Pay raise for veteran teachers not enough, union official says

Carolyn King, a teacher, works with fourth and fifth grade students in her classroom where social distancing was being observed during the last week of a three-week summer enrichment program for students at South Ocala Elementary School in Ocala, Fla. on Wednesday, July 29, 2020. Classes are scheduled to begin on August 24 for students in the Marion County Public School System amid the COVID-19 pandemic. [Bruce Ackerman/Ocala Gazette] 2020.

Home » Education
Posted November 20, 2020 | By Brad Rogers, Ocala Gazette

Under the new contract, the pay for beginning teachers in Marion County is being hiked 14.6 percent to $44,750 a year, while veteran teachers will receive a 2.3 percent raise.

The Marion County School Board voted last week to increase the starting teacher’s pay 14.6 percent, while at the same time giving veteran teachers a 2.3 percent pay hike.

Teacher union representatives, who asked the board to give classroom veterans a 3 percent raise, are unhappy with the decision and say experienced teachers are getting shortchanged — and that could lead to an exodus of experienced teachers.

The School Board decision came on Nov. 11 at an impasse hearing that had been called after the school district and the Marion Education Association, the teachers’ union, could not reach a compromise through normal negotiations.

So, now a beginning teacher will make $44,750 a year, up from $39,050.

Meanwhile, the 2.3 percent raise for veteran teachers will result in a $1,066-a-year increase for teachers making the district average of $46,351 a year, boosting them to $47,417.

“What it’s done is compress the salary schedule,” said Chris Altobello, a teacher union executive.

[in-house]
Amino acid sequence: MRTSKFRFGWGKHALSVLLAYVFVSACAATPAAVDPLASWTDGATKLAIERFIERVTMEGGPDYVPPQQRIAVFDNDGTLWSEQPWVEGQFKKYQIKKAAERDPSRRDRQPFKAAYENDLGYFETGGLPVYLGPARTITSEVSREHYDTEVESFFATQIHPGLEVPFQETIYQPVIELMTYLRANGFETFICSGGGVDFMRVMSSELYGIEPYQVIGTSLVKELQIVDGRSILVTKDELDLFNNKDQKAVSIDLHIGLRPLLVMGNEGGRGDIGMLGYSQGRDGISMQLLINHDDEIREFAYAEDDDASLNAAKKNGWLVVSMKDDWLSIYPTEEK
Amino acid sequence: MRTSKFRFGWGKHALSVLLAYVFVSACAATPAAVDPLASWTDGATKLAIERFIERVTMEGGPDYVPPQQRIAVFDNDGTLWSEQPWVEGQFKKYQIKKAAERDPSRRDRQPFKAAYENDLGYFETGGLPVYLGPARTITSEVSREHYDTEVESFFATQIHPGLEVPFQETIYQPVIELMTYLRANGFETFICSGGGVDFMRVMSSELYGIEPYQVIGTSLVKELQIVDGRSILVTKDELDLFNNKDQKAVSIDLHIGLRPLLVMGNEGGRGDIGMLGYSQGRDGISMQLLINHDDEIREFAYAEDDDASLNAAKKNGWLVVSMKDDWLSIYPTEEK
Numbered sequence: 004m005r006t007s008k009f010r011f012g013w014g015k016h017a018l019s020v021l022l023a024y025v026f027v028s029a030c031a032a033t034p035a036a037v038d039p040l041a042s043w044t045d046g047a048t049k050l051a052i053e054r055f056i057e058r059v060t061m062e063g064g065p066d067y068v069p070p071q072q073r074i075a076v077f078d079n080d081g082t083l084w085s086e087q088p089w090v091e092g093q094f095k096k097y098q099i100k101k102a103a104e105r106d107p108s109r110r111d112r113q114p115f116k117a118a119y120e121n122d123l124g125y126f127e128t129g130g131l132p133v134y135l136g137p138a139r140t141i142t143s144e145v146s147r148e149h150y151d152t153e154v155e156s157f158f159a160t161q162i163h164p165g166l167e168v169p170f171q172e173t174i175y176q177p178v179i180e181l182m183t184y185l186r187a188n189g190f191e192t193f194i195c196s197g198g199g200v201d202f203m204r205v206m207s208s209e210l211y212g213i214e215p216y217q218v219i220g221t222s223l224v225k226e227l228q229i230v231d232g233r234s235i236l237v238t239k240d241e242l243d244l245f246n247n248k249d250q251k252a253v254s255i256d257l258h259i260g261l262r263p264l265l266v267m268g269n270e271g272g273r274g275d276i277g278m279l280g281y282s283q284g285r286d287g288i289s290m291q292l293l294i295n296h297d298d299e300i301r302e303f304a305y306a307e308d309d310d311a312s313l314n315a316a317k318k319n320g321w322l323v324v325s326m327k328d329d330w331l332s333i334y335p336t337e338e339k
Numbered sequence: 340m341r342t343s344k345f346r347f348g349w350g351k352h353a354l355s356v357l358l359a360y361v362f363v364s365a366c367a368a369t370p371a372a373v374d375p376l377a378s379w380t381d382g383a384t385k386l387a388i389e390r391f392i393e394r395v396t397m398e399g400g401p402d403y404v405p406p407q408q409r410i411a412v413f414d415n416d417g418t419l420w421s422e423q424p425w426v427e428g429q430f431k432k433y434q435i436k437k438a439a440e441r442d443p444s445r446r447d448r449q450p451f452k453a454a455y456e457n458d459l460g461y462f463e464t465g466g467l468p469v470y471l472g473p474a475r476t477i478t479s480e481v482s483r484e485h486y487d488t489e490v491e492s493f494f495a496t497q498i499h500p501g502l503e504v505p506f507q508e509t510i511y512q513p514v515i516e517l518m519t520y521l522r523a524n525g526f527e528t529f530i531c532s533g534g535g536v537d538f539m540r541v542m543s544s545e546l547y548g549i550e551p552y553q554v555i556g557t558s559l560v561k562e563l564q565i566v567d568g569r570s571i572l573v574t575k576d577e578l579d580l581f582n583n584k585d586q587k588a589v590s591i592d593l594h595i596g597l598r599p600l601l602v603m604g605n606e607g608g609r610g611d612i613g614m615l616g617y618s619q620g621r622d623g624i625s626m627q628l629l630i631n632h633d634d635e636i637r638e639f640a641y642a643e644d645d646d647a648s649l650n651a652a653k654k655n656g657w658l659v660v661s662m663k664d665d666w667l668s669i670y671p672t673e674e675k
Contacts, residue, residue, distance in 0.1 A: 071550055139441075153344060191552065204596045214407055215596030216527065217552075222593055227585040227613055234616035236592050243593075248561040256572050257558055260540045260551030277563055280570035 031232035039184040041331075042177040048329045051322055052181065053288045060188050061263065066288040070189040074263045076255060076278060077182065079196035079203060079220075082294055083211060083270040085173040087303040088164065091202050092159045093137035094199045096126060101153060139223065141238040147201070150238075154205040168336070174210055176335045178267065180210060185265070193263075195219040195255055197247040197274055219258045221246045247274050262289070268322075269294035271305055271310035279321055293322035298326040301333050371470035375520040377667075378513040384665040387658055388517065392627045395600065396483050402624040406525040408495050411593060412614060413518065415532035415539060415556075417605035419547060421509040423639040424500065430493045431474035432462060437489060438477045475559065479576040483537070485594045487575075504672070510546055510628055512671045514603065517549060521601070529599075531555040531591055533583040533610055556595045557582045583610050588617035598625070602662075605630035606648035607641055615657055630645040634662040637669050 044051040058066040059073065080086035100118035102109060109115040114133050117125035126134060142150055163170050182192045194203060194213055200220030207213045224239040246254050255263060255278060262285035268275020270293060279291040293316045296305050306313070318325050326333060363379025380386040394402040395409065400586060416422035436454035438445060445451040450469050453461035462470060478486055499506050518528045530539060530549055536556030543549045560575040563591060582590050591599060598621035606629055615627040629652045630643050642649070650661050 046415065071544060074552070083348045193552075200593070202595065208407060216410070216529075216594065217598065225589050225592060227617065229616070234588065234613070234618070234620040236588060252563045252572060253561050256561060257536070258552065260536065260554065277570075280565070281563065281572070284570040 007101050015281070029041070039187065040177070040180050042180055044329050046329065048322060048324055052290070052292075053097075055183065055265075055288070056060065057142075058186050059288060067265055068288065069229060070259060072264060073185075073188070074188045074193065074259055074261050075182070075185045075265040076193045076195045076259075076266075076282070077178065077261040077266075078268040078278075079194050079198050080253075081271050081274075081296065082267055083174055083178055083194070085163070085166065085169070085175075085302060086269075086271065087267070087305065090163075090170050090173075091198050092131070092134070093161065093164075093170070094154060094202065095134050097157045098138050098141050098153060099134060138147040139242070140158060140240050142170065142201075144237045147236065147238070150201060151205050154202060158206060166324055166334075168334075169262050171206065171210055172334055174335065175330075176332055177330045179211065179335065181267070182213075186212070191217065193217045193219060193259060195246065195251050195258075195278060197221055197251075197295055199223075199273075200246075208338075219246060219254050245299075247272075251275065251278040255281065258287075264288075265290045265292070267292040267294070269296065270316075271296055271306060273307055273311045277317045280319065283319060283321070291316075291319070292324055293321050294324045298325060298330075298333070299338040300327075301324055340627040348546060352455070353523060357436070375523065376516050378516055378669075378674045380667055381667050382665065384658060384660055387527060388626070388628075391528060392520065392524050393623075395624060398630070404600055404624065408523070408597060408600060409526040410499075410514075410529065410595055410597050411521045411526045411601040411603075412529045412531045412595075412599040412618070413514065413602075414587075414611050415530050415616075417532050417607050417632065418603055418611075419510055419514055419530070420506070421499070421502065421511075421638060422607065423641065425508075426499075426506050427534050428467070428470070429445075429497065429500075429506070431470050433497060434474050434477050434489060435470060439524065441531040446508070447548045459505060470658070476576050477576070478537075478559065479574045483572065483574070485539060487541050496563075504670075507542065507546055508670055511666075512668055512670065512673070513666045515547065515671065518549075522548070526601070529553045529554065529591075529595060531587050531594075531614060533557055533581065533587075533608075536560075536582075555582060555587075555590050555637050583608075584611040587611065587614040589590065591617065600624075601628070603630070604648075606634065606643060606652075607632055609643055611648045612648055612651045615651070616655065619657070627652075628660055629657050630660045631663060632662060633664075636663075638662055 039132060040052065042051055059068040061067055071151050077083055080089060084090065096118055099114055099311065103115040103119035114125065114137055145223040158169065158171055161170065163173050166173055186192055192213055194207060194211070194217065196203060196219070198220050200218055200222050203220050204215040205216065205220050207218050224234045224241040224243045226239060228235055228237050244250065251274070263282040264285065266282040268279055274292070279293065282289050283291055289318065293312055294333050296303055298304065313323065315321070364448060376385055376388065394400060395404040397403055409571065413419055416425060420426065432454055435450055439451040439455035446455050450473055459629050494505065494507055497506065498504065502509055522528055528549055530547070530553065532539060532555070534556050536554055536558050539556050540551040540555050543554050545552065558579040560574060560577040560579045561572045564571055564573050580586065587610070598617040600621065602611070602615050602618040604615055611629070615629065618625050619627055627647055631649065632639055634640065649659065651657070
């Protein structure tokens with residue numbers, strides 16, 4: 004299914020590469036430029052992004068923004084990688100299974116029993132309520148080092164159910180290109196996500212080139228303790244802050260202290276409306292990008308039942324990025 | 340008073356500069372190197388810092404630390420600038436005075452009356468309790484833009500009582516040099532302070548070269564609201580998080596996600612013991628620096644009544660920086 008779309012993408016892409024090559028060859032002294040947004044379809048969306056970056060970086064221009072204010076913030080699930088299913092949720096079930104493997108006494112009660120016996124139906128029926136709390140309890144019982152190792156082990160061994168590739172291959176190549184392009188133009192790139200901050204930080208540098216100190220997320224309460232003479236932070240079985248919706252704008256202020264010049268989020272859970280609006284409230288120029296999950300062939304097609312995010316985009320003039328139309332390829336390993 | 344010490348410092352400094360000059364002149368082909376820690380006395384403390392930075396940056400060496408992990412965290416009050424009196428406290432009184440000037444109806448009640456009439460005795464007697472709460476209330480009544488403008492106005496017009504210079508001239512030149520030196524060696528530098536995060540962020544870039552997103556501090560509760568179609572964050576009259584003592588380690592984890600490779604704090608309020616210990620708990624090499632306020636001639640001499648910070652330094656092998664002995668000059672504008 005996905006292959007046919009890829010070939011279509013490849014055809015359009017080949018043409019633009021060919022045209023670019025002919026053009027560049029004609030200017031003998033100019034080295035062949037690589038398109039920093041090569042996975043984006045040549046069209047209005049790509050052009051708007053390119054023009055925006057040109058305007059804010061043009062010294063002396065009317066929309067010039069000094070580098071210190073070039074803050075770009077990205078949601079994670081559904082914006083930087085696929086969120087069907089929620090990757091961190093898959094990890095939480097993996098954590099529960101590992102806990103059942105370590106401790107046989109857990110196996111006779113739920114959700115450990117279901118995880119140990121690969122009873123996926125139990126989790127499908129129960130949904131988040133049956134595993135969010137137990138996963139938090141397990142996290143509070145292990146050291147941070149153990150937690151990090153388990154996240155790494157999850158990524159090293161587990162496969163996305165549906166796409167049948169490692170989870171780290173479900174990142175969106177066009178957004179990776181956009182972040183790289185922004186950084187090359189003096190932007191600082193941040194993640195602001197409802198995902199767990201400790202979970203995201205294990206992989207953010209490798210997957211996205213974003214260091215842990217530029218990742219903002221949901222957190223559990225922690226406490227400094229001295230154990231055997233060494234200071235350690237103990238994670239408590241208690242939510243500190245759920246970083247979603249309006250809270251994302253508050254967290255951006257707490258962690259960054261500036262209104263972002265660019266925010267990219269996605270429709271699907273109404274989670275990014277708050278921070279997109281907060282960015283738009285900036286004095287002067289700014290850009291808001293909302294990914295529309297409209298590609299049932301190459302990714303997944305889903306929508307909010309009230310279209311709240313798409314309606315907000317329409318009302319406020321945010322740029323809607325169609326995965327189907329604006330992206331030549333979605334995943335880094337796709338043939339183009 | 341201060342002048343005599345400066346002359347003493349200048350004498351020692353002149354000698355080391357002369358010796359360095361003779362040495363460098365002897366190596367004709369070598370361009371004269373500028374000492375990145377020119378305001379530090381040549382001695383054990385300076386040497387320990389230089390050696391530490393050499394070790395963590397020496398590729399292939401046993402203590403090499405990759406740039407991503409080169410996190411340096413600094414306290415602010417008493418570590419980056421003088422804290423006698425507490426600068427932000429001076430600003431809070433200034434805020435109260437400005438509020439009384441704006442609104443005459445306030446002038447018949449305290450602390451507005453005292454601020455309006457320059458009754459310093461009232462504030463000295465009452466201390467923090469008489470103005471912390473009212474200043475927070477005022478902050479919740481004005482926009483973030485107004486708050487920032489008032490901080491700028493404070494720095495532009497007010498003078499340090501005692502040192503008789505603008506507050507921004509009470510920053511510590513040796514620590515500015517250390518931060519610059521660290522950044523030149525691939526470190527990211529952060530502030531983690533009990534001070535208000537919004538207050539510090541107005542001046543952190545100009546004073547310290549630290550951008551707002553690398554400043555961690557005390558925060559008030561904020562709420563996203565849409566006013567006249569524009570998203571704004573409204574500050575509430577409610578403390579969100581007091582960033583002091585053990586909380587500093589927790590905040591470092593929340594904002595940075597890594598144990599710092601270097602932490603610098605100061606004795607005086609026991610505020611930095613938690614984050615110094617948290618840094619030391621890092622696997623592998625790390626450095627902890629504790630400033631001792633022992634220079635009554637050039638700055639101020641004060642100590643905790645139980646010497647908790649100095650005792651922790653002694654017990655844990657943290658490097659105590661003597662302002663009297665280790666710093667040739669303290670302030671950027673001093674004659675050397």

The road to last week’s decision is a long and complicated one.

Last spring, the Florida Legislature approved spending $600 million so Florida’s 67 school district could raise every teacher’s salary, including starting ones, to $47,500. Problem is, the $600 million was not enough, so school districts were instructed to get as close to $47,500 as possible. In Marion County’s case, that was $44,750.

The state also mandated that school districts give veteran teachers a 2 percent raise.

The union initially asked for a 4 percent raise for veteran teachers. The reason was two-fold, Altobello said – to give veteran teachers more money and separation from beginning teachers and because there is no performance pay for teachers this year. The School Board countered with an offer of 2.1 percent. The union came down to 3 percent and the district inched up to 2.3 percent. Negotiations reached a deadlock, and an impasse was declared.

Altobello said whatever savings the district secured in the deal will likely be costly to our schools in the long run.

“They were not willing to budge, and it’s going to cost us veteran teachers,” he said, adding “we know what they’ve been going through.”

Moreover, Altobello said the board’s decision “doesn’t move us anywhere around where we need to be to compete” when recruiting teachers. He said several neighboring counties pay much higher starting salaries, including Citrus ($46,000), Hernando ($46,150) and Sumter ($47,500).

“At the end of the day we were asking for a $2 million commitment from the district and they were willing to give $1.3 (million),” Altobello said.

“I asked the board one question: How are you selling Marion County when recruiting. That is the big question. I don’t see this offer moving the needle much. We’ve got work to do.”

The raises are retroactive to July 1, according to the agreement, but Altobello said the Florida Department of Education has yet to release the funds to Marion County, so no one knows exactly when the raises will show up in paychecks.

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